Mosaic / January 18, 2017

Stigma fades as students embrace tattoos

Junior Brendan Reeves shows his arm tattoo, still to be fully completed. (Julian Blye/TKS)

Junior Brendan Reeves used his time in an art class he was taking in high school to start drawing up several ideas he had for potential tattoos. Because he had neither the ideas nor the funds at the time, he waited until the summer of his freshman year of college to get it done. Reeves got a decent paying job and, by that summer, he was able to afford his first tattoo. He currently has one completed, one partially completed and several plans for future tattoos.

While his first has some meaning behind it, Reeves does not feel that a tattoo must have a symbolic nature, and that an aesthetically pleasing tattoo with no profound meaning is acceptable as well.

“If your goal is for something to look cool, then that should be enough. You shouldn’t have to ascribe extra stuff to it,” he said. “With other art, you’re partially making it for yourself but also partially for an audience. With tattoos, it’s entirely for you.”

Reeves considers music culture to be responsible for the increasing acceptance of tattoos. He noted that, while different genres of music that were previously thought of as obscure become more popular and accepted, the style and culture behind the artists also becomes more acceptable.

He expressed that as long as people get tattoos that can be covered up with clothing, there should be no problem finding jobs in most cases. In cases of less professional jobs, he noted, even visible tattoos are generally acceptable to employers.

“In working class jobs and blue collar jobs, it doesn’t matter. As long as you get the job done it’s fine, said Reeves. “And I feel like that has moved on to more and more upper class jobs as well.”

While he has never seriously thought about getting a tattoo himself, Associate Professor of Philosophy Dan Wack agreed that the stigma toward tattoos is decreasing, and feels a tattoo shouldn’t prevent someone from employment.

“The major transition for me with tattoos was when I was young,” Wack said. “Growing up in the 80s, it was still a relatively marginal thing, culturally, for somebody to do in the places I grew up.”

Wack assured that, while he himself makes no negative judgments regarding tattoos, he is aware that there are still some employers of higher class professions that have expectations. He links this to a history of tattoos being a depiction of class.

“It said something about your work if you had a tattoo and could be tattooed at your work,” he said. “And I do think that’s broken down somewhat but it’s still there even though tattoos themselves have become more widespread.”

Sophomore Nimay Ravi believes there is still somewhat of a stigma attached to people who get tattoos. He considers it to be easily overcome and steadily decreasing. He addressed that some tattoos are completely concealable, and somebody could have several tattoos without any of them being generally visible.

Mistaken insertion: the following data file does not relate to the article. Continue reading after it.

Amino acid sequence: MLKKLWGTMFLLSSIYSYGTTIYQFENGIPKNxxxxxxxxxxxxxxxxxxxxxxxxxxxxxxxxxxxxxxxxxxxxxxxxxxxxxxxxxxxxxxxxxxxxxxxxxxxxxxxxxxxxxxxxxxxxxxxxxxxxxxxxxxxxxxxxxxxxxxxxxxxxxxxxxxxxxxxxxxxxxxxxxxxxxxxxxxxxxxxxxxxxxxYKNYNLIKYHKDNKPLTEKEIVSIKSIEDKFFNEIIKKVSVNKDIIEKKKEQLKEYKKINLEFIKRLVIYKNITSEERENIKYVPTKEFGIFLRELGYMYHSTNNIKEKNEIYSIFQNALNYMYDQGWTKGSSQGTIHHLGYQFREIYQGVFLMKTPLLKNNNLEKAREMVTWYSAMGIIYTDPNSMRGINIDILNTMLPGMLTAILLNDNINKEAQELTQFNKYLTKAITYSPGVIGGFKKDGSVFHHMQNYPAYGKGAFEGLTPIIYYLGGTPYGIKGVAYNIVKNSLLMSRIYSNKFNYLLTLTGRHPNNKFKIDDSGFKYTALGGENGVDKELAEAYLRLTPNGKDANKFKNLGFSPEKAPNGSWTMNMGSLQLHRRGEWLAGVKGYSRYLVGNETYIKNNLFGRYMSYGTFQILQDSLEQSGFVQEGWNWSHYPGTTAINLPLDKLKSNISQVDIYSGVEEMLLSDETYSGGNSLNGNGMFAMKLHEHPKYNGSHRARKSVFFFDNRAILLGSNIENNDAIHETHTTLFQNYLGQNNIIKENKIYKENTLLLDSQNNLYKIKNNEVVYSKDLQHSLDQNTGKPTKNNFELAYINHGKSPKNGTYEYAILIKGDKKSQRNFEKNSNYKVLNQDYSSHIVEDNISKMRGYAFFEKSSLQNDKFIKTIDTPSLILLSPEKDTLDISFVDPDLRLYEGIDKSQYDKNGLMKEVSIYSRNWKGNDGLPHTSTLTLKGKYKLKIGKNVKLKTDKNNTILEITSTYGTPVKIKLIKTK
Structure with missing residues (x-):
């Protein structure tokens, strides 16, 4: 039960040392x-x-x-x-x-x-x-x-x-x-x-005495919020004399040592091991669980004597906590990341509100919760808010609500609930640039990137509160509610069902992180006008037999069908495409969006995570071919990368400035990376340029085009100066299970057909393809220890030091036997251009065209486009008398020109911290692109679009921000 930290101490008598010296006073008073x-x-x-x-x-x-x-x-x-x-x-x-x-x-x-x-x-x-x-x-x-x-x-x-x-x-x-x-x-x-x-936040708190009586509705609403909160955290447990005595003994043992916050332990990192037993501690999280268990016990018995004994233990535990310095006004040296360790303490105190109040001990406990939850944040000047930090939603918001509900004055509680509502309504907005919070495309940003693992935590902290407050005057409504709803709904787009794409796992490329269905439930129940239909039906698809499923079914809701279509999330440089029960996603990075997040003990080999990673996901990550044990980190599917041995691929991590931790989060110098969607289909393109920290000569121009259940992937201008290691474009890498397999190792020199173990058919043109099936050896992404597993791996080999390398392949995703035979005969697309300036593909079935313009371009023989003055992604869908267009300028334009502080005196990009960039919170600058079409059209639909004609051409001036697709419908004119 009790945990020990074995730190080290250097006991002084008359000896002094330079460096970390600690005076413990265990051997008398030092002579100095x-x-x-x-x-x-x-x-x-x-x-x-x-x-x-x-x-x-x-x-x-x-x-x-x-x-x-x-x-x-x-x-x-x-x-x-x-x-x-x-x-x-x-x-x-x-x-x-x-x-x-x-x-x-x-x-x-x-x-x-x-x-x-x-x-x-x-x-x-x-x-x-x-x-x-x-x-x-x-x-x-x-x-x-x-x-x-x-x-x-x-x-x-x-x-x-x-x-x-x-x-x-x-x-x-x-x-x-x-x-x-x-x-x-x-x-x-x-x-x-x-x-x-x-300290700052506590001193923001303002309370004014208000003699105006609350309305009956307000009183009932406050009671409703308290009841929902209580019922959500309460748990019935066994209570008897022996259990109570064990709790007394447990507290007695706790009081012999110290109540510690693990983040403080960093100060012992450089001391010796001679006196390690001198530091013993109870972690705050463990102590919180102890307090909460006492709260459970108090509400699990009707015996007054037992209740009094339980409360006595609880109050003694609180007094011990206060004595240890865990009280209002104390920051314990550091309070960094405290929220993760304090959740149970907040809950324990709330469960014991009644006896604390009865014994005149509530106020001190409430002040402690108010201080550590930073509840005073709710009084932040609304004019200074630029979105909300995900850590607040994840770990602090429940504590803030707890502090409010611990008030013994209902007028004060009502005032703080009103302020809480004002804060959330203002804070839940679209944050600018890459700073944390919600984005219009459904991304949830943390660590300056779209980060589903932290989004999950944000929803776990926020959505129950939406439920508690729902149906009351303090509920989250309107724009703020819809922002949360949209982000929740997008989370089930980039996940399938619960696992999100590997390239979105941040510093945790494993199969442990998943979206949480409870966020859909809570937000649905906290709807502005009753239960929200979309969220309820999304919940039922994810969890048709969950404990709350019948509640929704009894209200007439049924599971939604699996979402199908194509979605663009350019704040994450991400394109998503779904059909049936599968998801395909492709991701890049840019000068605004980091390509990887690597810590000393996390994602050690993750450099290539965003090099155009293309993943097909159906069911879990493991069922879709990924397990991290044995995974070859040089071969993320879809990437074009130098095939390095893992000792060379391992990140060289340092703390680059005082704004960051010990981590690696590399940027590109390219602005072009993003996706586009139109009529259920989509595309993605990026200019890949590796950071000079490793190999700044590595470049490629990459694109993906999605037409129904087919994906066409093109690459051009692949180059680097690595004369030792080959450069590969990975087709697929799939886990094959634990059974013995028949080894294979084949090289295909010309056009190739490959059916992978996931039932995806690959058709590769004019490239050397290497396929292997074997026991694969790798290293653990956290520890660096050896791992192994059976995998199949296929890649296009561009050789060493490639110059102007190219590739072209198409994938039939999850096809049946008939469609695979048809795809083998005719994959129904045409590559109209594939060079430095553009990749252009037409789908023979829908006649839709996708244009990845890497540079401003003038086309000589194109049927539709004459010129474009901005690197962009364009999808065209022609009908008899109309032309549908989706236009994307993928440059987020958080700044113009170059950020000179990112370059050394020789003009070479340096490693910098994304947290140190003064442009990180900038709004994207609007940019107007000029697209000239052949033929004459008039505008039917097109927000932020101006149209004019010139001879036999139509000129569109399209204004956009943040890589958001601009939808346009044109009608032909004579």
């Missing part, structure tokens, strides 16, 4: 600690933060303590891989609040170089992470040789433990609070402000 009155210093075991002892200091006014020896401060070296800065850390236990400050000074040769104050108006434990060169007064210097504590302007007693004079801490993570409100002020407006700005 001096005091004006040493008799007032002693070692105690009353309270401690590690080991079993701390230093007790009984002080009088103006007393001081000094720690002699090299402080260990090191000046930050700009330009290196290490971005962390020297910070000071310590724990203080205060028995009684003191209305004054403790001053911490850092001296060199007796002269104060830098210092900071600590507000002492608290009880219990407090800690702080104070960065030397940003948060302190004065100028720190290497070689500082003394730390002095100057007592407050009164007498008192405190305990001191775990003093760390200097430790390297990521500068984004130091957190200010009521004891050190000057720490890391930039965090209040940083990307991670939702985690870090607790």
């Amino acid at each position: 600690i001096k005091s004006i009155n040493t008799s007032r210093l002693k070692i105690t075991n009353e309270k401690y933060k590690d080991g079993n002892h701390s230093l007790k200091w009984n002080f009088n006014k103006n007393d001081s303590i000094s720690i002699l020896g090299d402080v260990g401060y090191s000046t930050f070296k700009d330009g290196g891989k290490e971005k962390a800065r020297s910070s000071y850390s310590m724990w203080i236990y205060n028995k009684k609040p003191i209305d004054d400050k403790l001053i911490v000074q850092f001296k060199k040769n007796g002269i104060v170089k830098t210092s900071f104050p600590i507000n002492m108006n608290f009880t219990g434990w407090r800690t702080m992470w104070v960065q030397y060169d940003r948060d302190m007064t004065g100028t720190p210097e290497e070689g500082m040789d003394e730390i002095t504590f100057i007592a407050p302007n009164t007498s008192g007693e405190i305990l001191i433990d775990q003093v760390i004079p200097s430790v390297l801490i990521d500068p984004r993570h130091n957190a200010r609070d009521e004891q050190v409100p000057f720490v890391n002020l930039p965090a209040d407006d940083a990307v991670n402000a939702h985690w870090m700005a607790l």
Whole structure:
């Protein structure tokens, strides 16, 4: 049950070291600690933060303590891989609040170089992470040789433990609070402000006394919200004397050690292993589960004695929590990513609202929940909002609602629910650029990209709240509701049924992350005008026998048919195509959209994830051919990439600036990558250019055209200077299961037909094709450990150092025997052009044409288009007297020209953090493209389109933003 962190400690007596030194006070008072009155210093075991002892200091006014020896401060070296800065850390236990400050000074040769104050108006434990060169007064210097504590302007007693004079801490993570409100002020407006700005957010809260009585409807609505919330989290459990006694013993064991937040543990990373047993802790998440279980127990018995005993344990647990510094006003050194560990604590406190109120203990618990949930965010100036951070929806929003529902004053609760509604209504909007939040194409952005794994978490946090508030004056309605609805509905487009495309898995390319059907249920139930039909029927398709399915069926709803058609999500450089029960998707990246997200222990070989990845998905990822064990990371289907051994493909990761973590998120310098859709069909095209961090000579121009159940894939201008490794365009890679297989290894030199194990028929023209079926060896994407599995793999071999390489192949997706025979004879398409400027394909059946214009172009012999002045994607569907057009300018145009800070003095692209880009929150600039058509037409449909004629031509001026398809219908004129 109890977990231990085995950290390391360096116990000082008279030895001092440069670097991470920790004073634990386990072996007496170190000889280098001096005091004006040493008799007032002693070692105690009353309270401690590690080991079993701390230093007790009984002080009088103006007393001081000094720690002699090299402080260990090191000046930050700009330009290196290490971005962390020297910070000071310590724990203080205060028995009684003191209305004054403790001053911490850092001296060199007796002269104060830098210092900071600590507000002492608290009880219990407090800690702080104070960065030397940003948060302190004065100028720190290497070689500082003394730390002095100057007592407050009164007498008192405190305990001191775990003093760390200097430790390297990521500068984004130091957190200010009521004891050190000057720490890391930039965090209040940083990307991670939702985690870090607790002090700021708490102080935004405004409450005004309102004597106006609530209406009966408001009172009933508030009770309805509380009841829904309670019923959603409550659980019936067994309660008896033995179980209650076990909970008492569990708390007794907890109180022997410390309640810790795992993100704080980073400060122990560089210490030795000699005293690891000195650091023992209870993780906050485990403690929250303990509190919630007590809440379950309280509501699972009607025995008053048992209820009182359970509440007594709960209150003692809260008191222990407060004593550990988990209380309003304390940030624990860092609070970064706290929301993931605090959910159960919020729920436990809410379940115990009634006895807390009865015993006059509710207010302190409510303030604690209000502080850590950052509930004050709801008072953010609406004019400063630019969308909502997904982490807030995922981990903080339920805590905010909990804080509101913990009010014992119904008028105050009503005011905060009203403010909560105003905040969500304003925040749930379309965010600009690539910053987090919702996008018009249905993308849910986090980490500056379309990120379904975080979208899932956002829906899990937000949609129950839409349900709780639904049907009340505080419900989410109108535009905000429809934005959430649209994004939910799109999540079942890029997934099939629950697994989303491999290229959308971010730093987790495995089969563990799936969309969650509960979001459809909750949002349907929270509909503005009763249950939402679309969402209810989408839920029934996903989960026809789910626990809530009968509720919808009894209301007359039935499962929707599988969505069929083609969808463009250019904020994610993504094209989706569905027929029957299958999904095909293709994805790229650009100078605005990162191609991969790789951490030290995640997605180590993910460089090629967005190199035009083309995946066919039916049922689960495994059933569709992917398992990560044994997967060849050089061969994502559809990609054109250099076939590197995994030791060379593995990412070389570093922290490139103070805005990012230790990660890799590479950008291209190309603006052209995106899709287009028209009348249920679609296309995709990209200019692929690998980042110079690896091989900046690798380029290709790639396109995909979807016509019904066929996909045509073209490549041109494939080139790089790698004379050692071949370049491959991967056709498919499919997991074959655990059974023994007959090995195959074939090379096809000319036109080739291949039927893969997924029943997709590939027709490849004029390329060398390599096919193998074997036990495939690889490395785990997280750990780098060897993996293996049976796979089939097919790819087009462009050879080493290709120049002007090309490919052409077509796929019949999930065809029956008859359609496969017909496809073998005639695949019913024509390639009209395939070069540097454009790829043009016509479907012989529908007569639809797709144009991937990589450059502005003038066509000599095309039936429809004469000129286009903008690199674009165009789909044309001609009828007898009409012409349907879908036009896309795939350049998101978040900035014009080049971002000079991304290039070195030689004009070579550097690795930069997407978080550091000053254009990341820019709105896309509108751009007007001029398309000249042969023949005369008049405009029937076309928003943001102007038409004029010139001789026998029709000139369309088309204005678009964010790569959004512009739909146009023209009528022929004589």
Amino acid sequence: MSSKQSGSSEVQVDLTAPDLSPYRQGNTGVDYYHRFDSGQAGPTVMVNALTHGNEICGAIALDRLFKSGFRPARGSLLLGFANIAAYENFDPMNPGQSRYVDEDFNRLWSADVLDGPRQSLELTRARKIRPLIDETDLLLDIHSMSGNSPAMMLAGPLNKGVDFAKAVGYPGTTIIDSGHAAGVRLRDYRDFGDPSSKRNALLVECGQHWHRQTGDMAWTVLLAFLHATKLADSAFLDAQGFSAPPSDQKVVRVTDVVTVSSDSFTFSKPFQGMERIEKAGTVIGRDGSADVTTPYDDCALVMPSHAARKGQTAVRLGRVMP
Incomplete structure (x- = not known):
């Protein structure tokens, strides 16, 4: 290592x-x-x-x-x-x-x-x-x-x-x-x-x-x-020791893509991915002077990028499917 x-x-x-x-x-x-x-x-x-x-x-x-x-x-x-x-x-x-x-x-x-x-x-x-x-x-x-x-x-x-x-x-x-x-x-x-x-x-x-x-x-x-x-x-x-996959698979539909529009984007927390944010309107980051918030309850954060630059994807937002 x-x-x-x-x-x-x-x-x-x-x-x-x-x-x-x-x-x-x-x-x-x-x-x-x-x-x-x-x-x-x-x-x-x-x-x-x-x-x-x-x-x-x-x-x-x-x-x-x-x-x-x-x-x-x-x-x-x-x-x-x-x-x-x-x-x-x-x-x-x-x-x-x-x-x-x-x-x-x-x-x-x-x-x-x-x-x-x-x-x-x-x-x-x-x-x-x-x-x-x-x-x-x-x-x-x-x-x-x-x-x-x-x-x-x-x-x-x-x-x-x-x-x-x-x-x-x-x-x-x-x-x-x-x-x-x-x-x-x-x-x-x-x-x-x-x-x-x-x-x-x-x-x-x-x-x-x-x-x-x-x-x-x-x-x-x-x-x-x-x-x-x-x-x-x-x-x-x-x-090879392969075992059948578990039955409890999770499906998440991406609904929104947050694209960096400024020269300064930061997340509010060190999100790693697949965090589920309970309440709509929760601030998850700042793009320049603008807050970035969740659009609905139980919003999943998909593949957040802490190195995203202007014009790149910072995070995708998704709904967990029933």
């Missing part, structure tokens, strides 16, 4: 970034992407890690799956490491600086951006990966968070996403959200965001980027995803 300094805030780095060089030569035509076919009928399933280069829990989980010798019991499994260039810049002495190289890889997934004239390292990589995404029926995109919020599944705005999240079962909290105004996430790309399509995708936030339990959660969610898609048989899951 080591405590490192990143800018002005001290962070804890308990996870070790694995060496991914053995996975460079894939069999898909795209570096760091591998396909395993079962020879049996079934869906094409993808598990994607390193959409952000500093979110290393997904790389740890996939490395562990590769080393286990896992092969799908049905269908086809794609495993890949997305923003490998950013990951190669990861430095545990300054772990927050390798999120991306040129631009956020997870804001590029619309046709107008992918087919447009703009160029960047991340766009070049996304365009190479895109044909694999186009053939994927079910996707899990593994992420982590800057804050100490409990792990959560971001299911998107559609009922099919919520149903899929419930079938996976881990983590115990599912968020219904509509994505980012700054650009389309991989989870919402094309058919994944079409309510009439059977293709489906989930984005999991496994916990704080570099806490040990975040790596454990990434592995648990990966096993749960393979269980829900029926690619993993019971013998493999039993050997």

He credits the increasing acceptance of tattoos to the increase in general popularity of them.

“I think when you find that someone you know has a tattoo you become more accepting of it,” Ravi said. “So more and more people have decided that it’s okay to do it.”

Ravi agrees that there doesn’t have to be a specific story behind a tattoo for it to be meaningful. Ravi said that seeing his sister get tattoos as well as his love for learning about space inspired him to get his first tattoo: a Pulsar map on his calf.

“It’s supposed to show the location of our solar system within our galaxy,” Ravi said. “So no matter where you are in our galaxy, you can find us.”

He described that, because the tattoo consists of fairly simple lines and no color, he didn’t have much difficulty finding an artist who could execute the piece.

While senior Miranda Hallmark does not disagree with people who don’t have stories behind tattoos, she considers those tattoos that do to be more meaningful. One of Hallmark’s tattoos displays the relationship between her and her sister as one of caring for each other despite differences in personality.

For Hallmark, the presence of meaning behind tattoos is driving the increasing acceptance toward tattoos. She mentioned that despite growing up in a religious community and facing judgment, people are more understanding of her tattoos after they learn the meaning of them.

“I know a lot of people who’ve got emotional scars, and tattoos are a way of accepting that for them,” Hallmark said. “It takes a lot of personal confidence to literally wear your heart on your sleeve, and for so many people it’s an expression of so much internal stuff.”

Sam Jacobson, Co-News Editor
Sam Jacobson is a junior majoring in philosophy and potentially minoring in creative writing or psychology. She started volunteer writing during spring term of her freshman year, and worked as a staff writer during her sophomore year.

Tags:  culture Knox members Of Stigma Tattoo

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